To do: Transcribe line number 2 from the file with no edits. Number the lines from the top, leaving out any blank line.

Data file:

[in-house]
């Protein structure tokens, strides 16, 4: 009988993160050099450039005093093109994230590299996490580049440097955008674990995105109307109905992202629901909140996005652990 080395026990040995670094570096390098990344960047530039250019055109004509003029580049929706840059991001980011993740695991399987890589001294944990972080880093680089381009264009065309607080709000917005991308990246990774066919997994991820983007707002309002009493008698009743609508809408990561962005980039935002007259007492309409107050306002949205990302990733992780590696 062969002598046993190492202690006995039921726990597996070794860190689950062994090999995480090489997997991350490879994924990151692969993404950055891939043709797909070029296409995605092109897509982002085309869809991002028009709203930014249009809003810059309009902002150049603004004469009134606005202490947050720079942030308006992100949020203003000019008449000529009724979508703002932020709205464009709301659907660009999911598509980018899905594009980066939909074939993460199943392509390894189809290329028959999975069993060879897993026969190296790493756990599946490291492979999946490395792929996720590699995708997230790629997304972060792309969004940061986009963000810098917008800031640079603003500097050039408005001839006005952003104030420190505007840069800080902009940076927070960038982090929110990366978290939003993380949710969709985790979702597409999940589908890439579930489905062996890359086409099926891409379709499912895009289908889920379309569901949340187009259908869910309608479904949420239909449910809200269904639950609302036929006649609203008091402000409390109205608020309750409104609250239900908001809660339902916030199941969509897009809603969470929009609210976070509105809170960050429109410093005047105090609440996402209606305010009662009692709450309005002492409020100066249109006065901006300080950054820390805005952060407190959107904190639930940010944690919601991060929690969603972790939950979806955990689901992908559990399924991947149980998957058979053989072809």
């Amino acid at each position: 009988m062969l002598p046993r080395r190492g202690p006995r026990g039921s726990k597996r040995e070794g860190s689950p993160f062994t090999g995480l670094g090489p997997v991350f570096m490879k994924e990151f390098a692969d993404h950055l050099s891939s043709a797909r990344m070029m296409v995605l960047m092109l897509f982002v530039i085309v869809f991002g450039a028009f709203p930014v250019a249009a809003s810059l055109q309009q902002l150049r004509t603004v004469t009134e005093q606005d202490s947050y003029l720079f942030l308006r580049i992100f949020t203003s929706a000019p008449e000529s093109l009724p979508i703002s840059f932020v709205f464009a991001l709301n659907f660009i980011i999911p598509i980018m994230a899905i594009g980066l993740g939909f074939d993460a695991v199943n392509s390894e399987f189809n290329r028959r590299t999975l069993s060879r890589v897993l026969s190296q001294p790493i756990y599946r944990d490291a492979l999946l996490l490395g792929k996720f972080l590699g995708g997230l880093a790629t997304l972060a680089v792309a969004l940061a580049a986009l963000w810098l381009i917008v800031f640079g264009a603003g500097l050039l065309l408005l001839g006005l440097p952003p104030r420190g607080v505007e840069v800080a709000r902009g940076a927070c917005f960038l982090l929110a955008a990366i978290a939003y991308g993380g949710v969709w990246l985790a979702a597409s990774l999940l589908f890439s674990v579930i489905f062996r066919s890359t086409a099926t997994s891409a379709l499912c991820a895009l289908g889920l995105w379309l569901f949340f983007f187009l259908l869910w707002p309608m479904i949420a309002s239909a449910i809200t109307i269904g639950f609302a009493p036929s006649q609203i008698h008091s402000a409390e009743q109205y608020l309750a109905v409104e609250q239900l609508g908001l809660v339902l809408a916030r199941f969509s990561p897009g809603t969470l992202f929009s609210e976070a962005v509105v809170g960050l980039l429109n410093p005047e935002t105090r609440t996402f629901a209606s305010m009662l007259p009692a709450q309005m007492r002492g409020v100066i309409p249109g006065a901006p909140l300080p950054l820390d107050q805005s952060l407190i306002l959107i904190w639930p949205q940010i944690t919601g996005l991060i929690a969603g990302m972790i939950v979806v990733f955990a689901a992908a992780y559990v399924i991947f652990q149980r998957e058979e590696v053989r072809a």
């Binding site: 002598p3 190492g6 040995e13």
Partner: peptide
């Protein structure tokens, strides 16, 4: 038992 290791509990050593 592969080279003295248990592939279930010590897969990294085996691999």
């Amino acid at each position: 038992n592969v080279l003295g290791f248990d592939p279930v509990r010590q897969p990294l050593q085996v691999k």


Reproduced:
């Protein structure tokens, strides 16, 4: 009988993160050099450039005093093109994230590299996490580049440097955008674990995105109307109905992202629901909140996005652990 080395026990040995670094570096390098990344960047530039250019055109004509003029580049929706840059991001980011993740695991399987890589001294944990972080880093680089381009264009065309607080709000917005991308990246990774066919997994991820983007707002309002009493008698009743609508809408990561962005980039935002007259007492309409107050306002949205990302990733992780590696 062969002598046993190492202690006995039921726990597996070794860190689950062994090999995480090489997997991350490879994924990151692969993404950055891939043709797909070029296409995605092109897509982002085309869809991002028009709203930014249009809003810059309009902002150049603004004469009134606005202490947050720079942030308006992100949020203003000019008449000529009724979508703002932020709205464009709301659907660009999911598509980018899905594009980066939909074939993460199943392509390894189809290329028959999975069993060879897993026969190296790493756990599946490291492979999946490395792929996720590699995708997230790629997304972060792309969004940061986009963000810098917008800031640079603003500097050039408005001839006005952003104030420190505007840069800080902009940076927070960038982090929110990366978290939003993380949710969709985790979702597409999940589908890439579930489905062996890359086409099926891409379709499912895009289908889920379309569901949340187009259908869910309608479904949420239909449910809200269904639950609302036929006649609203008091402000409390109205608020309750409104609250239900908001809660339902916030199941969509897009809603969470929009609210976070509105809170960050429109410093005047105090609440996402209606305010009662009692709450309005002492409020100066249109006065901006300080950054820390805005952060407190959107904190639930940010944690919601991060929690969603972790939950979806955990689901992908559990399924991947149980998957058979053989072809």